An immediate annuity is an annuity whereas the annuitant gives away a certain amount of principal in return for a guaranteed amount of monthly or yearly payment, usually for the life of the annuitant. The annuitant is the person who receives the monthly payment based on his future life expectancy which is usually based on his or her age, gender and life expectancy. Should the annuitant be very old and sick, the monthly annuity payment would be much higher than normal. Most immediate annuities are paid for at least the life of one person but sometimes can be paid out on the lives of two people, such as a husband and wife. This is known as a joint and life survivor annuity. Should one of the spouses die, the payment will continue to be paid monthly to the second spouse until their demise.

**What is a tax-deferred annuity?**

A tax-deferred annuity is an annuity that is in the accumulation stage, which means that itâ€™s still growing inside the tax shelter and has not been turned into a steady stream of income yet. Instead, the money grows inside the annuity, tax-deferred, until such time that withdrawals are made or the annuity is annuitized into a monthly stream of income for life to one person, or two people, a joint and last survivor annuity.

**What is a fixed annuity? **

A fixed annuity is a tax sheltered annuity that pays a fixed rate of interest on the money deposited into the annuity. The money grows tax-deferred until such time that there is a distribution or withdrawal or until the money is turned into a periodic annual income stream. It is then that taxes will be due to the IRS on the amount of growth distributed in each and every tax year going forward until the income stream stops.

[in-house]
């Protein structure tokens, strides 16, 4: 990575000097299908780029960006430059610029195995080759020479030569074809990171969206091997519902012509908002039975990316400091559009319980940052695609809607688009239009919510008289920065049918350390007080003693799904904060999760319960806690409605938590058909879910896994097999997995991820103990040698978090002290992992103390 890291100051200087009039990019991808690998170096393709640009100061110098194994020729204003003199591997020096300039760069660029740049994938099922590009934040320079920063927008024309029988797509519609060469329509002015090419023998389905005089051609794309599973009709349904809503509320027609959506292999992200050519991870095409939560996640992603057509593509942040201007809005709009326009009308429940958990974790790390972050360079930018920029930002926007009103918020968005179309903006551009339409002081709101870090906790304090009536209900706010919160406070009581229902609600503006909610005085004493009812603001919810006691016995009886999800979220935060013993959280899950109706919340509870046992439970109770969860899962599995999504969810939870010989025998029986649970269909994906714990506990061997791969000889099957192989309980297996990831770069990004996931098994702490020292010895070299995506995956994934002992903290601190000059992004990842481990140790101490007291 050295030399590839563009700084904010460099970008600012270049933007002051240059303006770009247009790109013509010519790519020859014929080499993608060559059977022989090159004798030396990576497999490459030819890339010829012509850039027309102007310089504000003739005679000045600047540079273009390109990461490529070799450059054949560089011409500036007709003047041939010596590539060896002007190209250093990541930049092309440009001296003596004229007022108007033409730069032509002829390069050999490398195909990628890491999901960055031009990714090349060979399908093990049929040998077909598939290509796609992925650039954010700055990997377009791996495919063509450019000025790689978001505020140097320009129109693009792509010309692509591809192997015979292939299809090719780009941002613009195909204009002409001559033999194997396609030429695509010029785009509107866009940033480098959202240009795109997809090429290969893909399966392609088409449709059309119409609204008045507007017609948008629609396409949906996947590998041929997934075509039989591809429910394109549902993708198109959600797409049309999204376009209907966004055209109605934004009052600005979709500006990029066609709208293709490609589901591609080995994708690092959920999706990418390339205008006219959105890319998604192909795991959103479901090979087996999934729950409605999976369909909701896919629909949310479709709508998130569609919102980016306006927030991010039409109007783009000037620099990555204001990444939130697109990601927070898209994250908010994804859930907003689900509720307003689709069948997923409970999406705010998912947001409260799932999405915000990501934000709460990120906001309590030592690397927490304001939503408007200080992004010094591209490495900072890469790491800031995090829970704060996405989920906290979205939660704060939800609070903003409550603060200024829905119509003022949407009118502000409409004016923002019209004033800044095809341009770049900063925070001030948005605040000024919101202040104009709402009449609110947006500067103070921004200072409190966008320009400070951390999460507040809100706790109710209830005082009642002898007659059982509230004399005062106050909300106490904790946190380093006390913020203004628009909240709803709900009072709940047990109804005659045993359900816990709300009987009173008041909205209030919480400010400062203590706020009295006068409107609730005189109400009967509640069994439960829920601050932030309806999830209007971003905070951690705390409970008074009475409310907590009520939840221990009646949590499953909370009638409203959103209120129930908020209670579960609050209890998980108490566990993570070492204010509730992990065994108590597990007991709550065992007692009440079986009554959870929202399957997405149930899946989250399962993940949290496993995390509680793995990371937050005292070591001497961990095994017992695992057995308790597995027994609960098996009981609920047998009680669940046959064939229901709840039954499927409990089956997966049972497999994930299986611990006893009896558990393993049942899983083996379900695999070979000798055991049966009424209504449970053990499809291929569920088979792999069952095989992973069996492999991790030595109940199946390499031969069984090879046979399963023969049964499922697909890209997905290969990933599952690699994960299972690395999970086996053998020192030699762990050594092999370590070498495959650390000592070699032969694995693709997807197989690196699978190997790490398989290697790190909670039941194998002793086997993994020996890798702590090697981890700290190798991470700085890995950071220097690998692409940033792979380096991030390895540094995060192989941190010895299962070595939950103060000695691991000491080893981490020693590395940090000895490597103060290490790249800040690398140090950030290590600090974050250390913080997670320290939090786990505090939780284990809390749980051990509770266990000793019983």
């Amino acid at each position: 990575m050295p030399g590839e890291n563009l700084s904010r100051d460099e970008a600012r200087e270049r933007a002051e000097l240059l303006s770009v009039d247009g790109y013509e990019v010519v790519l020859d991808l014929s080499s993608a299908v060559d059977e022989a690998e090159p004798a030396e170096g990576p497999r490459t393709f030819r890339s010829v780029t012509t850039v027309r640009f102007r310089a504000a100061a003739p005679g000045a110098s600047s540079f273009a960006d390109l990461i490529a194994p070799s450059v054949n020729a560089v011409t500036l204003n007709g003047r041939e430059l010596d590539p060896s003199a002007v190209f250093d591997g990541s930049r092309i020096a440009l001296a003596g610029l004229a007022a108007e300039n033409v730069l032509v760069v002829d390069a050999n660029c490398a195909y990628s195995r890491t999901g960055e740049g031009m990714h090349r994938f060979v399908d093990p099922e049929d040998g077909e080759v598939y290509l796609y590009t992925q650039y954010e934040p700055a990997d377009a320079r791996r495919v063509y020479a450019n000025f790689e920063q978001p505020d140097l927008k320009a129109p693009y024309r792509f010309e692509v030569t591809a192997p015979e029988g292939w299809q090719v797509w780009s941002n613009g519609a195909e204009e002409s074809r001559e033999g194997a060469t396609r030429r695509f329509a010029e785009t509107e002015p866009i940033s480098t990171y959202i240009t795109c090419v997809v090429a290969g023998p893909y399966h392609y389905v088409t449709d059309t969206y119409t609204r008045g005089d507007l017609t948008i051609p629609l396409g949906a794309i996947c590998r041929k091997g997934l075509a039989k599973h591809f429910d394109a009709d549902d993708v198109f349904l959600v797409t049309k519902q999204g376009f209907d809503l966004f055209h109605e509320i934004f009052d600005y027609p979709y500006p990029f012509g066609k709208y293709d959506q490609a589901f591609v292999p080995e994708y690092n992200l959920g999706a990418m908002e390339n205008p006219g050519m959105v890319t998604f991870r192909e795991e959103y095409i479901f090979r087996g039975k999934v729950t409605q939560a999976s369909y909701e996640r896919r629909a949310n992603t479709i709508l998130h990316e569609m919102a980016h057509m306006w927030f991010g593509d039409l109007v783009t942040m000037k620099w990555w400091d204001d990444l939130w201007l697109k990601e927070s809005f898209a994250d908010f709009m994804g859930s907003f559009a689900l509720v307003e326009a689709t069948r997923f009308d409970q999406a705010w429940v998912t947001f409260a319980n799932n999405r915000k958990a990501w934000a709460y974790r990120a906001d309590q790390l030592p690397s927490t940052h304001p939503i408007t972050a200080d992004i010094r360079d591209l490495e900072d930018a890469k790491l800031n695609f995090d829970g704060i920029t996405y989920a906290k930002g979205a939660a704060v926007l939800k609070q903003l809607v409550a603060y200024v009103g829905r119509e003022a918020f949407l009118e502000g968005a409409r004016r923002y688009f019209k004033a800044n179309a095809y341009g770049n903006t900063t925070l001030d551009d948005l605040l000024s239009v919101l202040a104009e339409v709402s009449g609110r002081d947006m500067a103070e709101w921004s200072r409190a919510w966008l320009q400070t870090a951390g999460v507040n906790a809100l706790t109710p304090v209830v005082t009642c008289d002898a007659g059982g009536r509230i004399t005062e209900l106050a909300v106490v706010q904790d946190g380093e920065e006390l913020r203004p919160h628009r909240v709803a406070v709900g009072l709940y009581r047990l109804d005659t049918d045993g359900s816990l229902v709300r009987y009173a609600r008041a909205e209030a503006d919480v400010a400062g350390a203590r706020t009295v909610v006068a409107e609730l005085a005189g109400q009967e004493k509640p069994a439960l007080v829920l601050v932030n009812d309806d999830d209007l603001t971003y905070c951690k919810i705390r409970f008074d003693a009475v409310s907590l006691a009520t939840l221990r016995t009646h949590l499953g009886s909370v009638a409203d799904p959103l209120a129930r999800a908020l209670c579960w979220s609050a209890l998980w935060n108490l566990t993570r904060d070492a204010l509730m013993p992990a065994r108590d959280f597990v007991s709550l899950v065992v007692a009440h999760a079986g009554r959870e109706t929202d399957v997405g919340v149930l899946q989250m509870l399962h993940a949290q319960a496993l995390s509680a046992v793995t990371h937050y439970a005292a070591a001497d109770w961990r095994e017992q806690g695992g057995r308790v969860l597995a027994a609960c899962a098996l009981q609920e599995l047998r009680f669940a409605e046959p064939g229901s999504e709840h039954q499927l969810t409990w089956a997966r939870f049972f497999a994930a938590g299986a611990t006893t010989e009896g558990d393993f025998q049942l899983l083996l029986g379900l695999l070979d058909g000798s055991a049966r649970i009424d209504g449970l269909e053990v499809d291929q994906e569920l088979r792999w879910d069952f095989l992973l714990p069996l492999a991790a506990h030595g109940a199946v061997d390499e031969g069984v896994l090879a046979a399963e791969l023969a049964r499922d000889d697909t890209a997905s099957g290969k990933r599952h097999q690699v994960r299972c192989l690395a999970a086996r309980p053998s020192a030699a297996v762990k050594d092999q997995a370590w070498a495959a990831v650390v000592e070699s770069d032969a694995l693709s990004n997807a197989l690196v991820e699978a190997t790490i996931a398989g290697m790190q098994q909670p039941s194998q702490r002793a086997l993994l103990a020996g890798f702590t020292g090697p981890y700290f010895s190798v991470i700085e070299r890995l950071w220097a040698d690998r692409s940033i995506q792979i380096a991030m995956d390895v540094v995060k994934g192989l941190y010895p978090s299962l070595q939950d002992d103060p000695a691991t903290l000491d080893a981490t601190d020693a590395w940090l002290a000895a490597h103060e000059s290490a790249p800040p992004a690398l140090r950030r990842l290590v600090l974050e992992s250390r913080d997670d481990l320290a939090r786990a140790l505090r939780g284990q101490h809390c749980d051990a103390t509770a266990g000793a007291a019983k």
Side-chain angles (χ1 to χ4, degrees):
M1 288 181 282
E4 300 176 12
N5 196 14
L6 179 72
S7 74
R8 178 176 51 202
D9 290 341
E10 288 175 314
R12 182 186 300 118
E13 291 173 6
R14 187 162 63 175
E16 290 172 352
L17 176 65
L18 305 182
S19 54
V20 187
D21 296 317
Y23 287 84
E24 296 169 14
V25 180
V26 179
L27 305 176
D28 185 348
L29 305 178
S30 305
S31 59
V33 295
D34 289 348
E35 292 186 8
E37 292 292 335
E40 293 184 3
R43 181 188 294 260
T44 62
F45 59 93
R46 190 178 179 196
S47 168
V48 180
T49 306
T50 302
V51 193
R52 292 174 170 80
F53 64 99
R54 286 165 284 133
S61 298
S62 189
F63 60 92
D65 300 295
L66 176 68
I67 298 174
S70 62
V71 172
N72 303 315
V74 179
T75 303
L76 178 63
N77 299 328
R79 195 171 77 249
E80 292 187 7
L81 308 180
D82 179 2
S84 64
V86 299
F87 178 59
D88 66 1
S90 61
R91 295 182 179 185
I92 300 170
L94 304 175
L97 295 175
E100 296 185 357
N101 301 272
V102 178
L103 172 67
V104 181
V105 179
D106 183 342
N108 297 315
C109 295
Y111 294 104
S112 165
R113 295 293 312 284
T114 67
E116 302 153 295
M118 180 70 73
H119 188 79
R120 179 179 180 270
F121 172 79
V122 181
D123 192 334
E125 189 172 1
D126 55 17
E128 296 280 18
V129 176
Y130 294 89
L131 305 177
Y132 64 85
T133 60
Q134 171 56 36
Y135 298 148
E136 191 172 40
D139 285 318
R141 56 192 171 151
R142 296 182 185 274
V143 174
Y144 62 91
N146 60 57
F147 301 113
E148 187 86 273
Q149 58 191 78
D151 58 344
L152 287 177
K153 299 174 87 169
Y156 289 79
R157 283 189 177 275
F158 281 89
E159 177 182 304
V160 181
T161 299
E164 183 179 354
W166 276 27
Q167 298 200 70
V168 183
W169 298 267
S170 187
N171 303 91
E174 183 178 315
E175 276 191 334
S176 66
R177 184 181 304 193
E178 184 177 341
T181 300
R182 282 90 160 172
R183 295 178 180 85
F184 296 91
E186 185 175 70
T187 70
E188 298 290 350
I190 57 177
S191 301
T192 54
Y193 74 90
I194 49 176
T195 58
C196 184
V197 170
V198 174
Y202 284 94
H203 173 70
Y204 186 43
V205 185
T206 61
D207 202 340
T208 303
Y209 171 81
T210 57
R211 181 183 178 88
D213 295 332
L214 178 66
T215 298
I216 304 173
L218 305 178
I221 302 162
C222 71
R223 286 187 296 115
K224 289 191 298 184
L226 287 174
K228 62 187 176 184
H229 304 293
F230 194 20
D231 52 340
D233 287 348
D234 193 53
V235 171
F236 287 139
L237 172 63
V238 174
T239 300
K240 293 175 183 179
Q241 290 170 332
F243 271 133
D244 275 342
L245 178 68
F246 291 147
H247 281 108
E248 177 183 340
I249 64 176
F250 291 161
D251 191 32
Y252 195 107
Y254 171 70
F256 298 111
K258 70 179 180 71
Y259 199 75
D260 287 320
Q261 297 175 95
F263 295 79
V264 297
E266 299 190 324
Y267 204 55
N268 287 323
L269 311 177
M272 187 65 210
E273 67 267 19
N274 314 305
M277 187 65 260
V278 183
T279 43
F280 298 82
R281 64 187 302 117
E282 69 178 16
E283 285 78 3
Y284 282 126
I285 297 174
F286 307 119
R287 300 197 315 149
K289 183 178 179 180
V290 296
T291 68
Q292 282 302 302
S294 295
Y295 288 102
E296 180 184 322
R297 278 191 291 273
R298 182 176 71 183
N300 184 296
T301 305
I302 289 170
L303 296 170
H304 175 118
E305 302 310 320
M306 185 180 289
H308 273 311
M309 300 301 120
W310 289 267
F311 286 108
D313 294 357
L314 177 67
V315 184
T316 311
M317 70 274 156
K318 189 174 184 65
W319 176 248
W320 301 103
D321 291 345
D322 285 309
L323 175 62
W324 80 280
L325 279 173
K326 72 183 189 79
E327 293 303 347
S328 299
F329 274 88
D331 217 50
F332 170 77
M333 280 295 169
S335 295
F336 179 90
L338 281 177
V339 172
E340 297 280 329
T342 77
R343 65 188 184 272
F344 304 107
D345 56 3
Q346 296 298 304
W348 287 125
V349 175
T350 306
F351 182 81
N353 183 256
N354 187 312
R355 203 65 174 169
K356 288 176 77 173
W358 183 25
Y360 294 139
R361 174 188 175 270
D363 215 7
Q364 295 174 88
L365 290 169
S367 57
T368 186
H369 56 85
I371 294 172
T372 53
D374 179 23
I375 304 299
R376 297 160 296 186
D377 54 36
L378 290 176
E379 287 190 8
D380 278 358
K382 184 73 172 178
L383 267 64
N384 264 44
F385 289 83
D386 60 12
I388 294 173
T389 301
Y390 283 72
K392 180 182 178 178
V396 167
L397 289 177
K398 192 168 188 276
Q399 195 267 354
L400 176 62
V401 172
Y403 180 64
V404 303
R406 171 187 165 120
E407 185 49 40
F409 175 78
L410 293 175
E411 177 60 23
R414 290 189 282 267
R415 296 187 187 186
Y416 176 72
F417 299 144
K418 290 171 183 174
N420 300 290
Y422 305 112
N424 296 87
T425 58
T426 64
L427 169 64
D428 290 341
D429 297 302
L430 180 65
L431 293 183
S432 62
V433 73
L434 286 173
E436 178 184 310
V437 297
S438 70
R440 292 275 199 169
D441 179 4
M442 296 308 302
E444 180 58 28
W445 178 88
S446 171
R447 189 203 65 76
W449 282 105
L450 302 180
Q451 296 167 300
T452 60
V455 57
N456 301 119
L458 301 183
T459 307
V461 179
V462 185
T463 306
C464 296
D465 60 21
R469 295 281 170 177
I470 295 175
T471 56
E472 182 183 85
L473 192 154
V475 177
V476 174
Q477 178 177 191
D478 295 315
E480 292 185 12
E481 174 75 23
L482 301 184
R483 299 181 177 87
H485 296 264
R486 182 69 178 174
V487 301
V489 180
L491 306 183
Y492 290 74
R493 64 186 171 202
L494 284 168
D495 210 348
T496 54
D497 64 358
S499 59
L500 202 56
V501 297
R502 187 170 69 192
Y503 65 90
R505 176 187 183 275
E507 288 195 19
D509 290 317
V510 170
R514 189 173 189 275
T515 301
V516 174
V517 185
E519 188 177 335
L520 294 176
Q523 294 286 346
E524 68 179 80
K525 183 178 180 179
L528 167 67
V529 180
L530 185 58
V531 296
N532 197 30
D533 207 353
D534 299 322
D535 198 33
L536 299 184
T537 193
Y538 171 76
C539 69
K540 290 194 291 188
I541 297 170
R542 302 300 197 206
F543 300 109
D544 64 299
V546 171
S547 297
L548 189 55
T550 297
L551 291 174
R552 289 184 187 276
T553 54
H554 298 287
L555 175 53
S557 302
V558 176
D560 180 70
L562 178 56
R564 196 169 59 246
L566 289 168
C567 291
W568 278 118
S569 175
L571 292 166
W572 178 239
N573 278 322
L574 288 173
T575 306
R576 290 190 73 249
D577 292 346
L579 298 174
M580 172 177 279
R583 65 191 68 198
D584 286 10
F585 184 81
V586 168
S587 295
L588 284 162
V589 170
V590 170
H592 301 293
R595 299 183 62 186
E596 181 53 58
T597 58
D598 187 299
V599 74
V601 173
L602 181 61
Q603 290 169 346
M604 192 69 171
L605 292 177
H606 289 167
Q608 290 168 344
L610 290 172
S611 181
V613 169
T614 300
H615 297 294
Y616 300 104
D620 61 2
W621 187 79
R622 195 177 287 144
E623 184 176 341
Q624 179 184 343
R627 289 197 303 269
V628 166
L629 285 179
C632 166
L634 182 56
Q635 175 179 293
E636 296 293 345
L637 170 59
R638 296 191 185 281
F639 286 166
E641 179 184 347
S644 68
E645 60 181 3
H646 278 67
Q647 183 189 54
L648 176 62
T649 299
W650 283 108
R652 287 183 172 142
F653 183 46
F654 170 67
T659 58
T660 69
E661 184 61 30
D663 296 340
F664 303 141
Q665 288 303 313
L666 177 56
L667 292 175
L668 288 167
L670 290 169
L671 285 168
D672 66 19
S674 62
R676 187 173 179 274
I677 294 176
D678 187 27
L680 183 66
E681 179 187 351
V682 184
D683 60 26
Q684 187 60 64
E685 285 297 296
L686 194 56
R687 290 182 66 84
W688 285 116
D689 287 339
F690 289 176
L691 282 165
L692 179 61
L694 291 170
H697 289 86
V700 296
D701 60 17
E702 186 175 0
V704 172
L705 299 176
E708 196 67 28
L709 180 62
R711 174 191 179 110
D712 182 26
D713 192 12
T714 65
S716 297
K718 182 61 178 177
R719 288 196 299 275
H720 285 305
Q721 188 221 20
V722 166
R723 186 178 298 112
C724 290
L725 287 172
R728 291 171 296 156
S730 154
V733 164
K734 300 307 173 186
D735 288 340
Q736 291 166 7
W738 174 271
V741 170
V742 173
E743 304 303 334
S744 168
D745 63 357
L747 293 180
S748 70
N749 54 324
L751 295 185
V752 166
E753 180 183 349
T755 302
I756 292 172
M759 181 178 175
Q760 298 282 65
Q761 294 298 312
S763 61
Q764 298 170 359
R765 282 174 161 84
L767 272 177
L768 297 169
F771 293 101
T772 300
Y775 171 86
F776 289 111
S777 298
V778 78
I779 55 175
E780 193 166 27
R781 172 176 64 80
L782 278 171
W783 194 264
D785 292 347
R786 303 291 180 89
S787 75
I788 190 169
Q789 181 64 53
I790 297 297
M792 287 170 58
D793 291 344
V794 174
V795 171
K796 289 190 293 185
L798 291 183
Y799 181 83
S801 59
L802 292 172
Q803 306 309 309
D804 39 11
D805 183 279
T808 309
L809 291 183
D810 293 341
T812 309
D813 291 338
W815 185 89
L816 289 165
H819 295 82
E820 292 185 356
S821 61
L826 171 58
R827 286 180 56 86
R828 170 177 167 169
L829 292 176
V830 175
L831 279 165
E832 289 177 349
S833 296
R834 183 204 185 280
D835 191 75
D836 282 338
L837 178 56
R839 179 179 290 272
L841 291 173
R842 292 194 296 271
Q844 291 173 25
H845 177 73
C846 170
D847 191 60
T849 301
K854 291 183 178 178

**What is a Fixed Immediate
Annuity?**

This is an annuity that immediately begins periodic payments based upon current fixed interest rate markets in the US economy. If interest rates are high at the time of annuitization, the periodic payment will be higher than average, whereas if the current interest rate is low, the periodic payment will be lower than average. The Fixed Immediate Annuity has no direct relationship on the US and World Stock Markets.

**What is a Variable
Annuity?**

A variable annuity is an annuity where funds are placed to grow tax-deferred in sub-accounts that resemble mutual funds, either stocks, bonds or both. Variable annuities grow tax-deferred in the accumulation phase, however, when the annuity is turned into a monthly stream of income, the distribution is taxed on the growth portion of the account balance and taxes are due to the IRS based on the owners income tax bracket.

**What is an
Indexed Annuity?**

An Indexed Annuity is an annuity that ties a stock market index like the S&P 500 to the growth of the annuity while it is the accumulation phase along with a guaranteed minimum growth rate. Generally, Indexed Annuities perform better than fixed annuities but not as good as Variable Annuities. Careful consideration should be taken by clients, based on their risk, as to whether they should invest in either a fixed, variable or indexed annuity. please **click here**.